Restoring trust in EC

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By Srinivasan K. Rangachary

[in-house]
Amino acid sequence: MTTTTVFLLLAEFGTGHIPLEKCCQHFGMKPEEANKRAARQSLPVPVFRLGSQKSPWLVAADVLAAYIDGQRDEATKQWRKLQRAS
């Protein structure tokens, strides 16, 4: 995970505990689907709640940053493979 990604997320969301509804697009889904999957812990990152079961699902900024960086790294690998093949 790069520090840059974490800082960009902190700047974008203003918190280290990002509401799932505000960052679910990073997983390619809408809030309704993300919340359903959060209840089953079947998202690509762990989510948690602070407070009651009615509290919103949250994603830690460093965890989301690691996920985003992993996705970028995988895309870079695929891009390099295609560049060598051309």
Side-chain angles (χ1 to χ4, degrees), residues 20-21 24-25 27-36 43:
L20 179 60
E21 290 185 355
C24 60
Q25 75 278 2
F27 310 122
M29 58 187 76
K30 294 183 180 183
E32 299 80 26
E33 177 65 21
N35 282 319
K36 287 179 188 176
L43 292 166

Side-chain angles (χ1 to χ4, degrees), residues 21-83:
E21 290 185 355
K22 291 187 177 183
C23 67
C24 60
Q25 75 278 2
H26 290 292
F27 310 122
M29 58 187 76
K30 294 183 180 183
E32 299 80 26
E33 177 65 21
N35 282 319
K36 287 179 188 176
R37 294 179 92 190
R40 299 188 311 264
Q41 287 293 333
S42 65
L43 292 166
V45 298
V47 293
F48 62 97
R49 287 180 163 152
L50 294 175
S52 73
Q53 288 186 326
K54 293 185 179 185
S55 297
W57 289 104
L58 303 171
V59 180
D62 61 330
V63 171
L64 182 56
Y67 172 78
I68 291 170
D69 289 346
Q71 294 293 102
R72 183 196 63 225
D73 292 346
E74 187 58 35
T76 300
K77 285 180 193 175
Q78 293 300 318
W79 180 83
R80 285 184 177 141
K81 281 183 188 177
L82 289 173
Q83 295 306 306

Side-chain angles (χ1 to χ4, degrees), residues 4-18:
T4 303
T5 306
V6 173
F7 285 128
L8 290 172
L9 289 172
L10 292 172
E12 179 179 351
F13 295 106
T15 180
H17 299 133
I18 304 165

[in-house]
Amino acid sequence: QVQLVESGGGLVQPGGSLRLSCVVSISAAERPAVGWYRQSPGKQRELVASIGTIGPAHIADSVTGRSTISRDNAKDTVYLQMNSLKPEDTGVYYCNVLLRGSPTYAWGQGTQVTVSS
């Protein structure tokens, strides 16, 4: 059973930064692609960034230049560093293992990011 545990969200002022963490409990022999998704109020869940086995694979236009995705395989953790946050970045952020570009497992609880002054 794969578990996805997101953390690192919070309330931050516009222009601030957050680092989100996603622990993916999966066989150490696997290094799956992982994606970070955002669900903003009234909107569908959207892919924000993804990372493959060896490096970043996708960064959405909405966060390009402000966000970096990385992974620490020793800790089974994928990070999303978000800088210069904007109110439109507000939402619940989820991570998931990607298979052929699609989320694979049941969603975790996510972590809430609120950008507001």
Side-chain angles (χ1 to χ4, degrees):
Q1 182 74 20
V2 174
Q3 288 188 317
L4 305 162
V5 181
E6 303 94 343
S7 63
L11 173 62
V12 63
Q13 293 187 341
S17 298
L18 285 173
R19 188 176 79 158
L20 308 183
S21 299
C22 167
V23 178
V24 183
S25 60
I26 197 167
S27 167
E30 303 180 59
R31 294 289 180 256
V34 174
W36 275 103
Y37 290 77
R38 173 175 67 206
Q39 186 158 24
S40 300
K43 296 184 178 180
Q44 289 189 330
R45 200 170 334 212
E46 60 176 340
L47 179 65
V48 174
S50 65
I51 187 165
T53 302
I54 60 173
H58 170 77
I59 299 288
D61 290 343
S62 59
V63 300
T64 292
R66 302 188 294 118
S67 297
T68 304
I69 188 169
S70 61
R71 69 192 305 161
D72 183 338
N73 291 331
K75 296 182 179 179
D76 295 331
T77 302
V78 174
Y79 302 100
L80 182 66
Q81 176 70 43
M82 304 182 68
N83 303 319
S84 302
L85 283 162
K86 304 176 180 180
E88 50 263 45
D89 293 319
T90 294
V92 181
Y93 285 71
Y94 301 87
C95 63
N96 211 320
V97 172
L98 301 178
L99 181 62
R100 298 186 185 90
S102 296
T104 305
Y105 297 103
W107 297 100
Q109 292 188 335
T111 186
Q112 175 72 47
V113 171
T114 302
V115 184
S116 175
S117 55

The worst casualty of the 17th Lok Sabha elections which have just concluded is Election Commission of India (ECI), which is vested with the responsibility and powers for the superintendence, direction and control of elections. It has lost its credibility, and its independence has come to be seriously questioned. The conduct of free and fair elections is the life breath of democracy and it is the commission’s task not only to hold them but to hold them in a free and fair manner and, very importantly, be seen as doing so. The commission has failed in this, and this has been demonstrably seen in the many wrong decisions of the commission on matters and disputes related to the conduct of elections and the disagreements even within the commission over these decisions. A member of the commission, Ashok Lavasa, has himself protested to the Chief Election Commissioner Sunil Arora and the third member Sushil Chandra that his dissenting views on some of the panel’s decisions were not recorded. These decisions related to complaints about the violation of the model code of conduct by Prime Minister Narendra Modi and BJP president Amit Shah. The fact that one member of the commission, whose powers are equal to those of the others, has chosen to protest and recuse himself from its meetings is a comment on the functioning of the commission. The CEC’s response to it is unconvincing, and poor in reasoning, spelling and grammar. From the day of the announcement of the election schedule on March 10 to the curtailment of the campaign period for the last phase of polling in West Bengal on May 14, many decisions of the commission were wrong, and invited controversy and criticism. These decisions lacked fairness and neutrality, and were clearly seen to be biased in favour of Prime Minister Narendra Modi and the BJP. There was no logistical or any other kind of justification for extending the poll process for over two months in seven phases. This was probably done to give Modi, who is the BJP’s main campaigner, enough time to campaign in all parts of the country. This was wrong and unfair, and it put pressure on other parties, especially those with fewer resources than the BJP.  The most blatant sign of partisanship was in the handling of the charges of violation of the model conduct against Modi and Amit Shah. In all the 11 complaints about violation of the code of conduct filed against Modi, EC gave him clean chit, though it was clear to an impartial observer that he was guilty. It sat on the complaints for long, giving lame excuses for the delay, and had to be prompted by the Supreme Court to take a decision. The commission dismissed a complaint against Modi’s broadcast to the nation, taking credit for an anti-satellite missile test by the DRDO, as no violation. Modi’s call to first time voters to cast their vote in the name of Pulwama and Balakot and his invocation of Hindu religious sentiment by deriding Rahul Gandhi for contesting from Wayanad were obvious violations of the code. The use of religion and the name of the armed forces in campaigns is certainly a violation of the code but the commission ruled otherwise. On all the complaints, it refused to put on record the dissenting view of Ashok Lavasa, perhaps to make it out that the ruling was unanimous. While the commission warned, reprimanded or took action against some other leaders for violation of the code, Modi and Amit Shah got special treatment and were spared, though their violations were of the same degree or kind or were even worse. On April 16, the commission suspended a Karnataka cadre IAS officer who was on duty as a general election observer in Odisha for checking the prime minister’s helicopter, claiming that its guidelines stipulated that the PM’s vehicles cannot be checked. But there is no such rule. Last week’s curtailment of campaign period in West Bengal after violence during Amit Shah’s road show was also controversial. The commission’s power to stop the campaign is disputed. In any case, by not stopping the campaign immediately, it was seen to have accommodated Modi by allowing him to hold his election rallies the next day. These are not stray cases, and there is a consistent pattern in the favours shown by the commission to the BJP and Modi. Last year, it had delayed the announcement of assembly elections in Rajasthan and the year before in Gujarat allegedly to enable Modi to make announcements of pre-poll sops to the voters. The commission’s functioning has been a matter of serious concern, as it is seen to have failed consistently in its constitutional duty to conduct free and fair elections and to treat all parties, leaders and campaigners equally, giving them a level playing field. When the umpire, who should be neutral, becomes partisan, the players, onlookers and others lose trust and confidence, and may even lose their interest in the game. It is independent institutions which support, sustain and guard democracy. India’s Election Commission was one such institution which had gained public confidence, credibility and a moral stature that went beyond its legal powers. That was through strict adherence to legal and constitutional principles and duties, ability to withstand external pressures, neutral and impartial functioning and firm and efficient handling of issues. That image has taken a beating and the reputation is at stake now. The commission has let down the people, and the Constitution. A compromised Election Commission weakens and undermines democracy, which is facing challenges in other ways too. The slide needs to be stopped, the commission should be strengthened and the public trust in it should be restored. (INAV)

 

 

 

 

 

 

 

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